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  Mike Todd

Paying by cash

Cash is easy to use and universally accepted. But carrying large quantities of cash is not recommended. If you can, try to go around with only enough cash for what you're expecting to spend.

There are three ways of getting cash:

Get it before you travel
while it's a very bad idea to arrive in the US without any cash at all in your pocket, you probably don't want to carry too much. You're not not likely to have it stolen (unless you flash it around), but it's quite possible that you'll lose it. My own personal routine is to start off with about $100 in cash.

Cash can be had from numerous different places - your own bank, online, travel agent or at the airport. Some banks offer "commission free" currency, and you may be able to order it for delivery (but there'll be a charge for the delivery). But watch the exchange rate, as you may find that those offering low or no commission are working at poorer exchange rates.

Cash a traveller's cheque
You can either rely on the change when you pay for something with a traveller's cheque, or you can cash one at a bank or "check-cashing" facility.

Use an ATM
There are cash machines all over the US. You'll find them in malls, gas stations, supermarkets and, of course, banks. Whether or not you can use them, and whether you'll be charged a fee, will depend on the type of card that you have.

Most US ATMs operate on either the Mastercard (Cirrus/Maestro) or Visa (Plus) networks and if you need to find out which machines are available in the area you're staying, the relevant Web sites (Mastercard or Visa) can help. You may also be able to use your credit card, although you'll almost certainly have to pay an additional "cash transaction" charge.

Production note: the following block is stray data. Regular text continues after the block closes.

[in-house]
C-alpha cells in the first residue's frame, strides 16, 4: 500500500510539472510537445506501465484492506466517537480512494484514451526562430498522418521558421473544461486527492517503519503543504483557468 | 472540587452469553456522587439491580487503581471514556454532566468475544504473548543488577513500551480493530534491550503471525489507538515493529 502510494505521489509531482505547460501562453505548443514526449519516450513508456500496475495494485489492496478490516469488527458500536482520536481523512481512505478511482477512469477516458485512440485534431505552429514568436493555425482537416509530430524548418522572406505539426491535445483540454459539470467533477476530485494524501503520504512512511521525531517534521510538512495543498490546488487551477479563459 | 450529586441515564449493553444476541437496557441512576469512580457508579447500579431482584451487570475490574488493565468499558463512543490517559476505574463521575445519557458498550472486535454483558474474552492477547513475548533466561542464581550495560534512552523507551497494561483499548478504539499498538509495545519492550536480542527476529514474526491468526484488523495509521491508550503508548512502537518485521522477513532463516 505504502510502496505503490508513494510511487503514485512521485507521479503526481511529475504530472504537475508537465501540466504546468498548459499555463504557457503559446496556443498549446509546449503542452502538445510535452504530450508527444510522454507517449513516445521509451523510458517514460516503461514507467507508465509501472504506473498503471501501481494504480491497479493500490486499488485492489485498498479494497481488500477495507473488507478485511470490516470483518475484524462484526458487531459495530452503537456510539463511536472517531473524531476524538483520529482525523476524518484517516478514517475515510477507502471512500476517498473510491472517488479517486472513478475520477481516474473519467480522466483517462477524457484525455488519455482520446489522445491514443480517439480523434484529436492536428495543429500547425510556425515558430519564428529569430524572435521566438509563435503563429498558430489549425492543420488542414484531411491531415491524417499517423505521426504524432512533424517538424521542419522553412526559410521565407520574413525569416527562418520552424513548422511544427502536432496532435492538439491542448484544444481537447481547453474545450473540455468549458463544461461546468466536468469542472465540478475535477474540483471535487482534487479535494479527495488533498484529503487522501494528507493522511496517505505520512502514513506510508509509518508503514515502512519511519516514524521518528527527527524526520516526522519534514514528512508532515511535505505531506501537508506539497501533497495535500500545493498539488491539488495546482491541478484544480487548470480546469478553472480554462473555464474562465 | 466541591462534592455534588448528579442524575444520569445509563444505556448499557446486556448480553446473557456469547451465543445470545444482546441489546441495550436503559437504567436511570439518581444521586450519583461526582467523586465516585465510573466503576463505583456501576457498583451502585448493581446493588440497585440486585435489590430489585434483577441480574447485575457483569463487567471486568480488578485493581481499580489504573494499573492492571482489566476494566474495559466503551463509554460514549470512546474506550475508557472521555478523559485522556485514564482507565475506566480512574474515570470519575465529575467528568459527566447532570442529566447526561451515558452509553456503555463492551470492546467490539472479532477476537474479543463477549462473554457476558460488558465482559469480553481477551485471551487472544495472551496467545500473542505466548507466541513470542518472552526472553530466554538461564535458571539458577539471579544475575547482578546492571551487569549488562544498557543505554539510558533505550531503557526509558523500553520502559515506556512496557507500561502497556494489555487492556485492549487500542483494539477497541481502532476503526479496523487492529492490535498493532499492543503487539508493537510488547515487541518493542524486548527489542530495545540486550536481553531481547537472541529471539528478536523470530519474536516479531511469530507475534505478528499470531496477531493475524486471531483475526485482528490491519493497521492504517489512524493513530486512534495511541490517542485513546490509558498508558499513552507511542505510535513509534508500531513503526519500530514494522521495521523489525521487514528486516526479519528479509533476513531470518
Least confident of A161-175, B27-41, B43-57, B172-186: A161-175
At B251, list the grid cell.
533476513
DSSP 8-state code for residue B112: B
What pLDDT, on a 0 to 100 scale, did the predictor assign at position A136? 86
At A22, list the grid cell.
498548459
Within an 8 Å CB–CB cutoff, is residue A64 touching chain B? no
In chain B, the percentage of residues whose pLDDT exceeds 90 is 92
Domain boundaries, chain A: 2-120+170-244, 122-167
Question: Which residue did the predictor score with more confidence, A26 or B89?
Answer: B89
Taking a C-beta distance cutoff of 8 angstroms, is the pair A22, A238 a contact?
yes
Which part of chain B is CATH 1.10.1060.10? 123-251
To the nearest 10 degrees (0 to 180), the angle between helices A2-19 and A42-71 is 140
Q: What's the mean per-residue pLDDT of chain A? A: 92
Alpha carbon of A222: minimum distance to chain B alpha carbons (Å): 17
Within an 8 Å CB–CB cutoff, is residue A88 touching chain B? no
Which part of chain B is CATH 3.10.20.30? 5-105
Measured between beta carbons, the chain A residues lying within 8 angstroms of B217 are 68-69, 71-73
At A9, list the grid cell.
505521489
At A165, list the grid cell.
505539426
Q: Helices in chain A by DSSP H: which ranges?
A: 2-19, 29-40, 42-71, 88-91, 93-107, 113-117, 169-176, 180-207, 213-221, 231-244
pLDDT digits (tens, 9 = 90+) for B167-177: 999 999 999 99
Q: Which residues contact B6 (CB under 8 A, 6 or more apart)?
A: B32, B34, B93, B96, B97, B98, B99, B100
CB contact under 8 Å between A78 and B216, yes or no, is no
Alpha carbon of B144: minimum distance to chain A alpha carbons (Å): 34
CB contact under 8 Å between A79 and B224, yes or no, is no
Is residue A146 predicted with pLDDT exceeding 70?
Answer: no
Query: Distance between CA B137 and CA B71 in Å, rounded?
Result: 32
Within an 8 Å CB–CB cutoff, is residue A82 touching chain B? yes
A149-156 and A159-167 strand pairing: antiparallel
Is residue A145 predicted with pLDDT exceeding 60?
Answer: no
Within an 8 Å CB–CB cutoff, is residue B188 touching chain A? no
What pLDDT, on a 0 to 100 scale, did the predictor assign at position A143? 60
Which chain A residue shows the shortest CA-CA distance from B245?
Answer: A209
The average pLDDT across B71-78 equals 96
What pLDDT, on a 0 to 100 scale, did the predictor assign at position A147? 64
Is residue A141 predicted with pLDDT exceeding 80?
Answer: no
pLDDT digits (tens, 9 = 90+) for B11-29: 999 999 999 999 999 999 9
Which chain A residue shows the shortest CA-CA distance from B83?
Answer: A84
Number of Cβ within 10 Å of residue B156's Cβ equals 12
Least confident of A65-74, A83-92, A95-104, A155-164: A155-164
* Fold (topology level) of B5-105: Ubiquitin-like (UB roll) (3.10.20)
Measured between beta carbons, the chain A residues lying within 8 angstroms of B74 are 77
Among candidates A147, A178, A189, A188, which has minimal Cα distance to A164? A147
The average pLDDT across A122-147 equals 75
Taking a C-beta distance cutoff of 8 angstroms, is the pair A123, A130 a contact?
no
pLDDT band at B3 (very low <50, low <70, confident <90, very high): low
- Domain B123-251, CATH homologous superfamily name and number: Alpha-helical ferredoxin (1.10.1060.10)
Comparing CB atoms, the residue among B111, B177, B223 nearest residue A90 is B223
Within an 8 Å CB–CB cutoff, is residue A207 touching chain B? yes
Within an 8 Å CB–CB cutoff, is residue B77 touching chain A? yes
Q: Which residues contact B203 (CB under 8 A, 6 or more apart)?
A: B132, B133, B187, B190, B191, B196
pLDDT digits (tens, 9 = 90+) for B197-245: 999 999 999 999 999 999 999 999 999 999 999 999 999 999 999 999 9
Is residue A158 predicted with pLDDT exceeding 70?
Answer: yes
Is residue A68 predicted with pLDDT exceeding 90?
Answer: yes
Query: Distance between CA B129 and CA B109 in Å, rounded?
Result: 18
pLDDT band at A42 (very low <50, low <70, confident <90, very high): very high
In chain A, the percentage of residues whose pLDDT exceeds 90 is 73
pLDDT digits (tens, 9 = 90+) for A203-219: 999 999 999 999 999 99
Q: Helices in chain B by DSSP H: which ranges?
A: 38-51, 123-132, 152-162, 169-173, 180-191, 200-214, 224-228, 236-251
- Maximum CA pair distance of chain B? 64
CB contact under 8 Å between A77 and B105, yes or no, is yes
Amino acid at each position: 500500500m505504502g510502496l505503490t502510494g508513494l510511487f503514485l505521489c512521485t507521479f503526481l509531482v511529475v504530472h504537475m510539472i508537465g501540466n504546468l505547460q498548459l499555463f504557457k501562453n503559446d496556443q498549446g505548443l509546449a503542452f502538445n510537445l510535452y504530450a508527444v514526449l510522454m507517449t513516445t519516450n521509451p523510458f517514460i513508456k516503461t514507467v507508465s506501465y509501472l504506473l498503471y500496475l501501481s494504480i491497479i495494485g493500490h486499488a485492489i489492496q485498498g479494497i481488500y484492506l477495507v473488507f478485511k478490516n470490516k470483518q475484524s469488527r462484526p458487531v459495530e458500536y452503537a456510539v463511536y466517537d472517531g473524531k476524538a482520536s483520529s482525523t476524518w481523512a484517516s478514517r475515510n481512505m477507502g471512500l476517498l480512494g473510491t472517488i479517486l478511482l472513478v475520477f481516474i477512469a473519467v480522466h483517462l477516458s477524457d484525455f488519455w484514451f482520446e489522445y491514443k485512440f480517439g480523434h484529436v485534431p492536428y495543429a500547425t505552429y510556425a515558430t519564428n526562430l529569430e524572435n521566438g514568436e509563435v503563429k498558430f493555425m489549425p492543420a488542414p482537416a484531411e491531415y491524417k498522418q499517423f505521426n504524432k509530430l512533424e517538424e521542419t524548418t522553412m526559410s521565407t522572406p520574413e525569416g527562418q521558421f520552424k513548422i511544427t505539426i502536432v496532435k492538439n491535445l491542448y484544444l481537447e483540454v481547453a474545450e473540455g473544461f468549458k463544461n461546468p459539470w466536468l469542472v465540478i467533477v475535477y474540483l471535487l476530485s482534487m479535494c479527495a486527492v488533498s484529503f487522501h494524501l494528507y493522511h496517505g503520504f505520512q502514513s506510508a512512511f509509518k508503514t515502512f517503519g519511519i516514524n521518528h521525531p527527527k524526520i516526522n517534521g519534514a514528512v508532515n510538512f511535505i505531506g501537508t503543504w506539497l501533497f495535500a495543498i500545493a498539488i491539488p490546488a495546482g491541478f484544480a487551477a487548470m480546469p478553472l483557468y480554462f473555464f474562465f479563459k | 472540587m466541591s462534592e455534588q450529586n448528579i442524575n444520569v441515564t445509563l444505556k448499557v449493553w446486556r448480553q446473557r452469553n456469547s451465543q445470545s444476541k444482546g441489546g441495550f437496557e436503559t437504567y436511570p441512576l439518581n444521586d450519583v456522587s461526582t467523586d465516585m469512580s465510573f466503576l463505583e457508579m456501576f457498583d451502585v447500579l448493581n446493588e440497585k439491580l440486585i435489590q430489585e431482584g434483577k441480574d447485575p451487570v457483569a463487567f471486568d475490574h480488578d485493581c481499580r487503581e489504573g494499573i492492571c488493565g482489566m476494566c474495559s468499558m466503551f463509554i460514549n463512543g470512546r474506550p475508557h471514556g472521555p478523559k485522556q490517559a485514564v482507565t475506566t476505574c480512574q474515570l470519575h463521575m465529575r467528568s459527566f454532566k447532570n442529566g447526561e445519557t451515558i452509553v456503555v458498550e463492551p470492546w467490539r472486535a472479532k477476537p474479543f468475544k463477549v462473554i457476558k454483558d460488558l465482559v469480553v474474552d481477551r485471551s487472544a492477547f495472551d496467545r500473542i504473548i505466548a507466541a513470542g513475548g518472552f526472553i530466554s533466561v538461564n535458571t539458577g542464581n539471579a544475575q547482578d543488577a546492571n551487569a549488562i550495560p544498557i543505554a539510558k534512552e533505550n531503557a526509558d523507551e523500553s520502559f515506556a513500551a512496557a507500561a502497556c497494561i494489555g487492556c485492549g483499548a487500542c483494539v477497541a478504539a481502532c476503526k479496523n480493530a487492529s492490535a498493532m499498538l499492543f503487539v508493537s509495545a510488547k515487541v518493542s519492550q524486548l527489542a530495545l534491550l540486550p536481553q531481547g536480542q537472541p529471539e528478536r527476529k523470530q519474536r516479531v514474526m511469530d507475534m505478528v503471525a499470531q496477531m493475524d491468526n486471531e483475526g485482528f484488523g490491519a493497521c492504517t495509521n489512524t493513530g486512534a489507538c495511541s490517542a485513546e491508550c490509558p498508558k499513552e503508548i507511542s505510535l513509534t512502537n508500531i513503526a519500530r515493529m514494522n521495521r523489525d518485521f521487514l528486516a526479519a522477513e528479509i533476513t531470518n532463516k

Some ATMs will charge a fee, but you'll be advised of this in advance, and you may also have to pay a fee through your bank. In general, the overall fee is likely to be fairly small (perhaps $1.50 at the ATM and/or 1.75% by your bank). You may only want to use an ATM if you're desperate for cash, but I do know some people that rely on ATMs exclusively for all their cash needs.

Watch out

It comes as a bit of a culture shock to many UK visitors to the US that all American bills look almost identical. There are some who take advantage of this, so beware.

For instance, if you handed over a $50 bill for a $15 purchase, you might find that you get three $10 bills together, but only the first one is really $10, the other two are slightly hidden $1 bills, followed by five $1 bills each individually counted out. It's a surprisingly common scam, so always check your change there and then (don't go back after you've left the counter or checkout, as they won't believe you).